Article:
‘Losing My Marbles’ movie review: The new Portuguese film on Amazon Prime Video

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Losing My Marbles Movie Review

There is a new Portuguese film on Amazon Prime Video, which I decided to check out for a simple reason. The main character is the columnist who fights against severe anxiety problems. The loss of my marbles (Depois A Louca Sou Eu) has a strong and inactive woman’s presence.

It comes from the imagination of the author of Tati Bernardi.

The novel is the basis for films; Director Julia Rezende; and actress Débora Falabella. Because I haven’t read the book, I assume the main character, Dani (Débora Falabella), is Alter-Ego Tati Bernardi.

For Dani, almost everything around it is a trigger. Have you ever canceled the birthday party, the meeting, or that date just because it panicked suddenly, holding you in his grip?

Then you will find Dani to be a very relatable character even if you haven’t experienced a kind of extreme episode he passed through the film. Anxiety, in various degrees, is a primary film antagonist.

When the film opened, Dani triggered the version of his child ran with a bag of marbles that opened himself to send the contents rolling in a different direction.

Dani worked as a copywriter at an advertising agency and wrote a self-help column in a newspaper, often finding his anxiety blocking his work. He was afraid of cockroaches, failures, thoughts of his parents dying, the world ended, and so on.

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Debora followed up on each of these episodes convincingly that someone could feel everything he experienced. And there are no specific incidents that make Dani this way.

He was born in a family where each member had his their habits. His mother, for example, has farewell anxiety. He was also excessive, who did not help Dani when he made an important career decision.

He knocked on the door of all types of spiritual physicians to find a solution:

But they did not offer hope. And there was a doctor who appeared with the wrong diagnosis that made him feel as if he had a terrible physical condition.

During one of the therapy sessions, he was in contact with psychotherapists (Gustavo Vaz). And the film entered the romantic comedy mode, although short.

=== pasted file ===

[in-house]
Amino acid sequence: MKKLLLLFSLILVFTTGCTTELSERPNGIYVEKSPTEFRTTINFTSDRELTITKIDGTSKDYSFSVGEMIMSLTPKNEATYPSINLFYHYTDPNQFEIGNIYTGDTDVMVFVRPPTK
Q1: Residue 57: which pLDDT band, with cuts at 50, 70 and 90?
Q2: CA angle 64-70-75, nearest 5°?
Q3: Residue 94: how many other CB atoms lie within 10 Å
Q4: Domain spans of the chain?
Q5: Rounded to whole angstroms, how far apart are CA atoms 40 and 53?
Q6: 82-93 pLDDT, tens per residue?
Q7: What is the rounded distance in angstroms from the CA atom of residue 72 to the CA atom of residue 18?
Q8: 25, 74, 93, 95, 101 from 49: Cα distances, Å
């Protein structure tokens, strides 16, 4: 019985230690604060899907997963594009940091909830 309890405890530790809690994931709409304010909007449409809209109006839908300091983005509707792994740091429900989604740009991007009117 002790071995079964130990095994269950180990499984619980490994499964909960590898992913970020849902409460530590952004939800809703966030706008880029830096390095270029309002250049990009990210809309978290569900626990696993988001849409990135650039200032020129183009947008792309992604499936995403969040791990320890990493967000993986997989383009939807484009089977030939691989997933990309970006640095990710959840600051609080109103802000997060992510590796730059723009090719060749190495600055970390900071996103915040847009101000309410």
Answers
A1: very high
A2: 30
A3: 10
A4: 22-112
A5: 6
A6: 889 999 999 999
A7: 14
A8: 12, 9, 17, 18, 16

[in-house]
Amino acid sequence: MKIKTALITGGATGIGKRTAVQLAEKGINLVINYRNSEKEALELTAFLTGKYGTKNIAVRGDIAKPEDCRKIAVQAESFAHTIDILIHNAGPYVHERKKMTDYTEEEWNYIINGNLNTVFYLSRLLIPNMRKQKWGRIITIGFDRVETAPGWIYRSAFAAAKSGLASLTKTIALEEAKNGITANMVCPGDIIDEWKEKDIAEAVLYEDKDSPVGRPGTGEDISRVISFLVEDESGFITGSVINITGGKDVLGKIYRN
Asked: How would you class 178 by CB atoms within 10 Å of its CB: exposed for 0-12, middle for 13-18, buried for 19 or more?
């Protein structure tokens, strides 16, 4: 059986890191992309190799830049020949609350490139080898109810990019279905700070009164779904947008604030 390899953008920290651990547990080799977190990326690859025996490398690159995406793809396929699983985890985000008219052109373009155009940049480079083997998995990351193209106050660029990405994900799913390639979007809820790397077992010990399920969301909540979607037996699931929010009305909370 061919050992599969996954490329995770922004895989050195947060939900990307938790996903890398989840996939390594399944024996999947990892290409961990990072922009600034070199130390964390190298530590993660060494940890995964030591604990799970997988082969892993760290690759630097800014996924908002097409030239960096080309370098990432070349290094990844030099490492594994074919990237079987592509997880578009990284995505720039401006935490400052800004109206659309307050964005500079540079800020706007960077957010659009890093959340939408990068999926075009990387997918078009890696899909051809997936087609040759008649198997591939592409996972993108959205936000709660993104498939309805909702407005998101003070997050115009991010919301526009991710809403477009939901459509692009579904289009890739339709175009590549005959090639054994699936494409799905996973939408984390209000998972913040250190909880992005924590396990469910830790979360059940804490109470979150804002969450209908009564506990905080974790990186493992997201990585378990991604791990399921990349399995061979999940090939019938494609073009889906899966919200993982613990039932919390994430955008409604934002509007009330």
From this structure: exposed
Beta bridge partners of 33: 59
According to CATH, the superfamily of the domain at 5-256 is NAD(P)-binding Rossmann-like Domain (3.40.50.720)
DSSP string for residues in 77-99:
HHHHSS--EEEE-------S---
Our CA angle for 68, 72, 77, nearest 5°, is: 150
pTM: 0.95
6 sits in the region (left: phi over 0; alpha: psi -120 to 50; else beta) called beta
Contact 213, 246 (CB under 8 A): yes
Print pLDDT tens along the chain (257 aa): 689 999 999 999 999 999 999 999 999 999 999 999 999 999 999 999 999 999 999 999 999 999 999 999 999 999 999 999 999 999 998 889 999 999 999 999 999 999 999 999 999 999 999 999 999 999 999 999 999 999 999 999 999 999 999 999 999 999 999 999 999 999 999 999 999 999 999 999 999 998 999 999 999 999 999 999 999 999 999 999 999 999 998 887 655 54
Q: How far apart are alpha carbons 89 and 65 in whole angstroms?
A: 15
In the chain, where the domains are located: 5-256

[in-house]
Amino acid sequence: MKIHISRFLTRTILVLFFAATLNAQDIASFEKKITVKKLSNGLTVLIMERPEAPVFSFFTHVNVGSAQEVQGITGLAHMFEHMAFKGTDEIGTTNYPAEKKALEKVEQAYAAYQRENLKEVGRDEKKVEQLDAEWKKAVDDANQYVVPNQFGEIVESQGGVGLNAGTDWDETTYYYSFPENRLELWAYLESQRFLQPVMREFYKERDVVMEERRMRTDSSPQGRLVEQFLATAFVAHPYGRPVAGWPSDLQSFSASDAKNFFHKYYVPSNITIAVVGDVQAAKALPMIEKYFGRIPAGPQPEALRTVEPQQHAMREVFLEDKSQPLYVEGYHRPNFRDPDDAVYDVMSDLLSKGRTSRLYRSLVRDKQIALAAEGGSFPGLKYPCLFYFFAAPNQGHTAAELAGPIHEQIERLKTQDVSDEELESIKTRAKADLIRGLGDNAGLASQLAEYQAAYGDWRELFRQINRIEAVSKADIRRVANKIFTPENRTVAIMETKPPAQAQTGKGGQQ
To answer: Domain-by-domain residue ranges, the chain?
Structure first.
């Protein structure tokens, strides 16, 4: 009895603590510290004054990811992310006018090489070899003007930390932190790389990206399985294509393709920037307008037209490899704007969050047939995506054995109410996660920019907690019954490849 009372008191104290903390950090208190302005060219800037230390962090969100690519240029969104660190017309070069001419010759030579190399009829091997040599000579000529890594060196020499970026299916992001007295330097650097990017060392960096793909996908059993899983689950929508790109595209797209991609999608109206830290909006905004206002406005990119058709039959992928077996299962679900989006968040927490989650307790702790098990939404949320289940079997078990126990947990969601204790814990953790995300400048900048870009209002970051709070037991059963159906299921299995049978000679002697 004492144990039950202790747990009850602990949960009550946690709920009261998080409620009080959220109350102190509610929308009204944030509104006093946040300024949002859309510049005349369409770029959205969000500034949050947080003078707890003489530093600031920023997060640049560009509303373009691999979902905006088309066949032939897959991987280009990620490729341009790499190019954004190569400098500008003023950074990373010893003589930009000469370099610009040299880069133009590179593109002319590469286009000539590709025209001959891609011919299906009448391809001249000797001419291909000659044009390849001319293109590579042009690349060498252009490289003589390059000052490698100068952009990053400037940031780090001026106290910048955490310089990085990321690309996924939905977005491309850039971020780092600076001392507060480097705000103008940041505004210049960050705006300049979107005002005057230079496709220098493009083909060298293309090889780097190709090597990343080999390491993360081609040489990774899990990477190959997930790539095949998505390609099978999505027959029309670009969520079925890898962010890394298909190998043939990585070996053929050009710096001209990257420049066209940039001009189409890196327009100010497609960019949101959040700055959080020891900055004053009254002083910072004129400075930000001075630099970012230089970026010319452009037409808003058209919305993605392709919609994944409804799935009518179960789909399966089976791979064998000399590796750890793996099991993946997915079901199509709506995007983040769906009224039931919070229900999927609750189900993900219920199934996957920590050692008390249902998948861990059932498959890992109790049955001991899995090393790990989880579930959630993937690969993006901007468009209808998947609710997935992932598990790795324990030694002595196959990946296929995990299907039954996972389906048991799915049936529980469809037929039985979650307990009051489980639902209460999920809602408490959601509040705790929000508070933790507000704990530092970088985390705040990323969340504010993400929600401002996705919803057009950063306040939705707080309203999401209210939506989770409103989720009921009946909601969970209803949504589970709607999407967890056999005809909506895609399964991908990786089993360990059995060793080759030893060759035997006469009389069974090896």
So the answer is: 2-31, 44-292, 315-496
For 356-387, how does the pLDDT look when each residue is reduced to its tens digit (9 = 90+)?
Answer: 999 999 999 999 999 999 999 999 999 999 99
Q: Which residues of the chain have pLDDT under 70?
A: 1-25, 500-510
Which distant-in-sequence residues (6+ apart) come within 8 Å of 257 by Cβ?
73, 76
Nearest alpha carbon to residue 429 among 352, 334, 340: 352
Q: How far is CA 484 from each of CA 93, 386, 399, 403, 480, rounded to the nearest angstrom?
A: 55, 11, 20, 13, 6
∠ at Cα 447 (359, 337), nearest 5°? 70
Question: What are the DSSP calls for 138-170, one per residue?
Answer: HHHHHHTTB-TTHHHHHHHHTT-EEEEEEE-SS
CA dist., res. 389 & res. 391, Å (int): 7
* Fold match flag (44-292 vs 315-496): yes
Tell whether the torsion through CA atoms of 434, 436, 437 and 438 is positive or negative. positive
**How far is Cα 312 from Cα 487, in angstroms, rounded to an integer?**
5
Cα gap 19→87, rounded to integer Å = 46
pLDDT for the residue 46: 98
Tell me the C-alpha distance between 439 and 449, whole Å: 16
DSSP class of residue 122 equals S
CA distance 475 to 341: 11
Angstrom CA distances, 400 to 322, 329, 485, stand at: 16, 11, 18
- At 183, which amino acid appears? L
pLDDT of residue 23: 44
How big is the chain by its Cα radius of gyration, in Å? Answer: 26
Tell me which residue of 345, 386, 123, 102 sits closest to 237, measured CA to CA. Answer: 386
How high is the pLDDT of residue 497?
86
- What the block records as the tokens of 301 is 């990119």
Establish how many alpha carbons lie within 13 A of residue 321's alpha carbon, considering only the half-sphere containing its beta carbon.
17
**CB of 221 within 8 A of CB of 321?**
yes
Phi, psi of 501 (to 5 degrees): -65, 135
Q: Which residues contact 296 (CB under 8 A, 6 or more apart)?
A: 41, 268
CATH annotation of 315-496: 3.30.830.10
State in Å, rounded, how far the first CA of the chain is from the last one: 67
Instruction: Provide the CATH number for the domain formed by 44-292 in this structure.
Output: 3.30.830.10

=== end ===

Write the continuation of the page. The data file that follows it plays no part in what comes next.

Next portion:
But when he said something he didn’t want him to hear, becoming too difficult for him to bear. It makes sense from his point of view. He is the same as him, through the same emotion.

But he was finally forced to understand this situation because it raises conflicting feelings. Not too different from his bond with his mother.

These parts overcome the sacrifice that someone must do to manage a person’s problem and guilt from them. Also, be careful of too dependent on the meds.

When Dani uses it more than necessary, his life rotates out of control. Fortunately, this film is careful not to be too serious. If it’s already, it will deviate from the tone founded at first.

Losing of my marbles is a simple film that comes at the right time, even though it has really got nothing related to do with the pandemic.

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His eccentric energy reminded the popular French comedy Amelie, especially in using funny narrative devices to present some of their ideas. He wants us to accept who we are and do not feel guilty or shame about being vulnerable.

Not only wants to go quickly on ourselves, but also the people around us struggle with anxiety. For someone who lives in the country where to find a therapist frown. A film like losing my marbles is needed.

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